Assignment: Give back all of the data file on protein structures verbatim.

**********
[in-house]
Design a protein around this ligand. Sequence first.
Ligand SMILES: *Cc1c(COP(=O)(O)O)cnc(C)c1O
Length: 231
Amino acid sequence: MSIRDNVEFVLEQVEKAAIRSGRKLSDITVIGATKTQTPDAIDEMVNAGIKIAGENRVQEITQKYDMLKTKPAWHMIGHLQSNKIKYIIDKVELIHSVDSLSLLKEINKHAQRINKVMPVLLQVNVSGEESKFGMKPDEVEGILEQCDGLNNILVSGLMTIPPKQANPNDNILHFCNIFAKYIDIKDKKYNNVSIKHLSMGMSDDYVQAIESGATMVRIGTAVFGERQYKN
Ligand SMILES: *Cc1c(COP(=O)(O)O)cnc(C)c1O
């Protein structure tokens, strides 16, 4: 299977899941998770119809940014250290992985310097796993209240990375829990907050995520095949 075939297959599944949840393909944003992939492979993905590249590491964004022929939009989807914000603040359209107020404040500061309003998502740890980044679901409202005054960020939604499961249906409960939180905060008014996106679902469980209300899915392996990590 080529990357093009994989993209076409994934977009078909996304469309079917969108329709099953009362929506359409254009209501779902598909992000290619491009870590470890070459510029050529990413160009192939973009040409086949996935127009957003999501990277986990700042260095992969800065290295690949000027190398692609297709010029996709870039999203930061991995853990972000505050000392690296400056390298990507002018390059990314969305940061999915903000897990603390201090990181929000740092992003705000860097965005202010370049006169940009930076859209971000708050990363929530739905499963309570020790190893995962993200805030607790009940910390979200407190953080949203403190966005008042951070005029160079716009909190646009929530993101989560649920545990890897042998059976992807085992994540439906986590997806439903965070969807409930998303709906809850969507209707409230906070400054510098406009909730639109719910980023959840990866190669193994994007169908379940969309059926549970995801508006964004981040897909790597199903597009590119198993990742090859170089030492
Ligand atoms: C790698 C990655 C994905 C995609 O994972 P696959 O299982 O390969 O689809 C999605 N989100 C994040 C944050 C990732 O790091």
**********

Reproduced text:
[in-house]
Design a protein around this ligand. Sequence first.
Ligand SMILES: *Cc1c(COP(=O)(O)O)cnc(C)c1O
Length: 231
Amino acid sequence: MSIRDNVEFVLEQVEKAAIRSGRKLSDITVIGATKTQTPDAIDEMVNAGIKIAGENRVQEITQKYDMLKTKPAWHMIGHLQSNKIKYIIDKVELIHSVDSLSLLKEINKHAQRINKVMPVLLQVNVSGEESKFGMKPDEVEGILEQCDGLNNILVSGLMTIPPKQANPNDNILHFCNIFAKYIDIKDKKYNNVSIKHLSMGMSDDYVQAIESGATMVRIGTAVFGERQYKN
Ligand SMILES: *Cc1c(COP(=O)(O)O)cnc(C)c1O
């Protein structure tokens, strides 16, 4: 299977899941998770119809940014250290992985310097796993209240990375829990907050995520095949 075939297959599944949840393909944003992939492979993905590249590491964004022929939009989807914000603040359209107020404040500061309003998502740890980044679901409202005054960020939604499961249906409960939180905060008014996106679902469980209300899915392996990590 080529990357093009994989993209076409994934977009078909996304469309079917969108329709099953009362929506359409254009209501779902598909992000290619491009870590470890070459510029050529990413160009192939973009040409086949996935127009957003999501990277986990700042260095992969800065290295690949000027190398692609297709010029996709870039999203930061991995853990972000505050000392690296400056390298990507002018390059990314969305940061999915903000897990603390201090990181929000740092992003705000860097965005202010370049006169940009930076859209971000708050990363929530739905499963309570020790190893995962993200805030607790009940910390979200407190953080949203403190966005008042951070005029160079716009909190646009929530993101989560649920545990890897042998059976992807085992994540439906986590997806439903965070969807409930998303709906809850969507209707409230906070400054510098406009909730639109719910980023959840990866190669193994994007169908379940969309059926549970995801508006964004981040897909790597199903597009590119198993990742090859170089030492
Ligand atoms: C790698 C990655 C994905 C995609 O994972 P696959 O299982 O390969 O689809 C999605 N989100 C994040 C944050 C990732 O790091």